Danny is not unusual. "Most animals adapt to their disabilities far better than people do, mostly because they don't have the mental anguish that goes with being disabled," says Gina Davis, DVM, an assistant clinical professor of outpatient medicine at the University of California, Davis, Veterinary School, and owner of a one-eyed dog.

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Can I Be Vigilant?

Many paralyzed animals lose bowel and bladder control, so owners may need to manipulate the animal's bladder several times a day to empty it, as well as carry their pet outside to defecate. In this case, size is a major consideration, says Davis. "It's much easier to deal with a 12-pound dachshund than a 100-pound Great Dane. We don't want to make owners feel guilty if they can't-for many reasons-handle that Great Dane who has lost bowel control."

Paralyzed animals can also develop sores and ulcers in insensitive limbs, and amputees are more prone to arthritis in their overworked good legs. Those are just two reasons why owners of disabled animals need to be alert for complications that may develop. Susan Hobbs says she always keeps one eye on her brain-damaged cat, Truffles, who once set herself on fire while hovering over a candle and sometimes tries to climb into the oven. "She's very sweet and pretty, but dumb as a bag of hair," quips Hobbs.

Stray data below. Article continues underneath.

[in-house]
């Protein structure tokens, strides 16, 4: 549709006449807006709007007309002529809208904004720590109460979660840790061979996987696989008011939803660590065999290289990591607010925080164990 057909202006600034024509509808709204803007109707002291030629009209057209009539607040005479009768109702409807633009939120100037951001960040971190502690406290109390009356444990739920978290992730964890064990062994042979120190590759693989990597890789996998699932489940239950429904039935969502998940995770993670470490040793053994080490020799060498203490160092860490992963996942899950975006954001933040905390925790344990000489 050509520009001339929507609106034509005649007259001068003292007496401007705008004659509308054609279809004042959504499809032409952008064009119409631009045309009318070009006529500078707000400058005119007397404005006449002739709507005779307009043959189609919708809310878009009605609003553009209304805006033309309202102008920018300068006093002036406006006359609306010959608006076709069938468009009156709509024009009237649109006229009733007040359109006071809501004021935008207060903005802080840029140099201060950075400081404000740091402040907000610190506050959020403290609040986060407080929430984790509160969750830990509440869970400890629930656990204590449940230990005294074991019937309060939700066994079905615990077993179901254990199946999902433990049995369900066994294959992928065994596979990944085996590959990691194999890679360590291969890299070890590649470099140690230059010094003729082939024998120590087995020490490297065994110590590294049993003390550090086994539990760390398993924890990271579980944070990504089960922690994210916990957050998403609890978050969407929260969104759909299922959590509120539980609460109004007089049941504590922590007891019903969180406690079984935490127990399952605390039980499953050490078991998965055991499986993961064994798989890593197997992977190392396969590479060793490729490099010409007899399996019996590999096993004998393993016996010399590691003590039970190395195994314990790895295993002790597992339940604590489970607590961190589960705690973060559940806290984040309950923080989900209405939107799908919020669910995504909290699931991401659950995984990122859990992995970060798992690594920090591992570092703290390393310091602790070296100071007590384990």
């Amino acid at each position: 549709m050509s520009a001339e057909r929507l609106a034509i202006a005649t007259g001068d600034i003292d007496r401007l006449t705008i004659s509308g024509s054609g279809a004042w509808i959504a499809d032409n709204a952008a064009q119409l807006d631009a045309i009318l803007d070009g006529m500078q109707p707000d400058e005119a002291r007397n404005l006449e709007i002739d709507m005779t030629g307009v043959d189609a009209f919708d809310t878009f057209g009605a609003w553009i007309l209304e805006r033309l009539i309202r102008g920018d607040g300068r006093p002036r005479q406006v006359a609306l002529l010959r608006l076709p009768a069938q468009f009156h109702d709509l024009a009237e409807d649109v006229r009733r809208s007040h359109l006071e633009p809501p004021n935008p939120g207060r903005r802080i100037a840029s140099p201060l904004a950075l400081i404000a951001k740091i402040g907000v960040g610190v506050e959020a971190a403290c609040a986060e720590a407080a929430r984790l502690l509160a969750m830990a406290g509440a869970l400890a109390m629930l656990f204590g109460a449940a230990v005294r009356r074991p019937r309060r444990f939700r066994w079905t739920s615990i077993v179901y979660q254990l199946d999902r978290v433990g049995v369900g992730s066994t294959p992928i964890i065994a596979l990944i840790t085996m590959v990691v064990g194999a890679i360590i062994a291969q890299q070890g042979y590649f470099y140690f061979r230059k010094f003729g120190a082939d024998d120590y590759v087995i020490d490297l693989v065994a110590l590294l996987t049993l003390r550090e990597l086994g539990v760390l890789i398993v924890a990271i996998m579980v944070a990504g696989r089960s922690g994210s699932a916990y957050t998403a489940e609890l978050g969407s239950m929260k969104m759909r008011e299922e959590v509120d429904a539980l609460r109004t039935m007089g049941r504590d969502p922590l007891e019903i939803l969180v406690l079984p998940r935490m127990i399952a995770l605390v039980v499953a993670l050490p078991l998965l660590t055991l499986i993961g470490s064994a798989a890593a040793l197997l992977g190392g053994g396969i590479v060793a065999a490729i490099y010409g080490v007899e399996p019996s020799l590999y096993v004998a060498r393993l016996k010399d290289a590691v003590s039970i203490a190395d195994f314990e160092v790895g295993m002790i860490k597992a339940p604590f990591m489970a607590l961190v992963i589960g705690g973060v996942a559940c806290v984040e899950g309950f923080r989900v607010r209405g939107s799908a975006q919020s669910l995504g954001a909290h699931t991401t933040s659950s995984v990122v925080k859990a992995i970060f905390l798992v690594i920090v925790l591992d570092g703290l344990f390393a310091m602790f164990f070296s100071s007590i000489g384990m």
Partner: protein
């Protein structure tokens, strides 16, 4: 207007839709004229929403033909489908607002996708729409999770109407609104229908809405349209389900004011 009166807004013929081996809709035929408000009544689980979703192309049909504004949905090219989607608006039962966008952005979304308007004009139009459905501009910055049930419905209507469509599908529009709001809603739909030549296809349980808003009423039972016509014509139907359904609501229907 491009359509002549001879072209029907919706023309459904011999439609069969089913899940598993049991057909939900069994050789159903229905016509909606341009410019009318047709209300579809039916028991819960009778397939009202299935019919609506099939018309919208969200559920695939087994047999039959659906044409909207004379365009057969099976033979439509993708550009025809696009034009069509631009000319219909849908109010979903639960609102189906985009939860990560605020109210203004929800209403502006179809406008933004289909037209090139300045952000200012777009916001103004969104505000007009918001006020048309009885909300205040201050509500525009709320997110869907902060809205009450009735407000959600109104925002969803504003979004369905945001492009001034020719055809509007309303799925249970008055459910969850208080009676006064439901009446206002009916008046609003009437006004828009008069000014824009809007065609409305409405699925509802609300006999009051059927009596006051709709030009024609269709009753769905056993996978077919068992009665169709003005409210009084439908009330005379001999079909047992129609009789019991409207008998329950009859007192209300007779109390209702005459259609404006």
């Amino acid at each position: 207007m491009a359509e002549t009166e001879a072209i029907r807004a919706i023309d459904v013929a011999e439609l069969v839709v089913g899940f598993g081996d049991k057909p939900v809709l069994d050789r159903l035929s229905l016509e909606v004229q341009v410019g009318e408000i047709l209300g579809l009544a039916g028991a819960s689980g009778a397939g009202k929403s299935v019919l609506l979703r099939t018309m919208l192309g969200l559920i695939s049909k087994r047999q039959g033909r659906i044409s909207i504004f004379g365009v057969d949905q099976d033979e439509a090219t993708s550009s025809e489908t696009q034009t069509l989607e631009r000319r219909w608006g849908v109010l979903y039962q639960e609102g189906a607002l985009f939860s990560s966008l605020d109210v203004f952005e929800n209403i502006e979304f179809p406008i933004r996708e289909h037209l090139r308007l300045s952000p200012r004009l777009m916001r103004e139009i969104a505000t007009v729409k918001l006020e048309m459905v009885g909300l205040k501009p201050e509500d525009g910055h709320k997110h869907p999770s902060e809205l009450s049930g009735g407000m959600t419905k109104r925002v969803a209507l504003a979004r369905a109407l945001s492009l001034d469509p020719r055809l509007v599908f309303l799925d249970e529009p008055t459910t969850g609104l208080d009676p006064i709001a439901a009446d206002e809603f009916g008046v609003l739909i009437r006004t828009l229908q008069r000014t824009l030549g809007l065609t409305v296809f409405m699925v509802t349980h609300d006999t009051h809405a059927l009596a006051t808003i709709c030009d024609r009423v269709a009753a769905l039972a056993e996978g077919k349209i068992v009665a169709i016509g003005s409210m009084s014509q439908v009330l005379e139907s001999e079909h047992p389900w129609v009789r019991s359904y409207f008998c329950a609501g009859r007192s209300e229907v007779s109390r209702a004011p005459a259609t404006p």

Can I Handle the Cost?

If your pet has a chronic illness or paralysis, the cost of caring for him may increase exponentially. A cart like Duke's can set you back as much as $450, a pair of protective booties nearly $60, and a course of physical therapy roughly $500.

And seriously impaired animals may need frequent-if not 24-7-nursing care. Debbie Kazsimer spent an estimated $17,000 on medical bills, alternative treatments, and a cart for her German shepherd, Sheba, who became a quadriplegic as the result of a degenerative disease. That was a high price tag for this guitar teacher and singer from Jeannette, PA, and her postal worker husband, Ken. To prevent bedsores, Kazsimer needed to turn the 85-pound animal every 2 hours, day and night, for her remaining 2 years.

Kazsimer knows that most people would have euthanized a dog like Sheba, who eventually became paralyzed from the neck down. But as long as the dog appeared to enjoy her life-"If she could still catch her football, she was happy"-Kazsimer was committed to providing Sheba with a quality life. Despite the steep financial and emotional cost, Kazsimer doesn't regret a minute or a dollar she spent on her pet. "We had such a strong bond," she says. "I know she would have given up her life for me."

--Denise Foley

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Peter Cohen

Please help Santa Paws.

December 08 2013 at 4:11 PM Report abuse rate up rate down Reply
Barbara Techel

Thank you for sharing a positive light on special needs pets. They can live quality lives with all that we have to help them with these days. And they bring so many blessings to our lives. I know as I have a little doxie in wheels that teaches me to enjoy each and every day no matter what!

May 01 2012 at 10:04 AM Report abuse rate up rate down Reply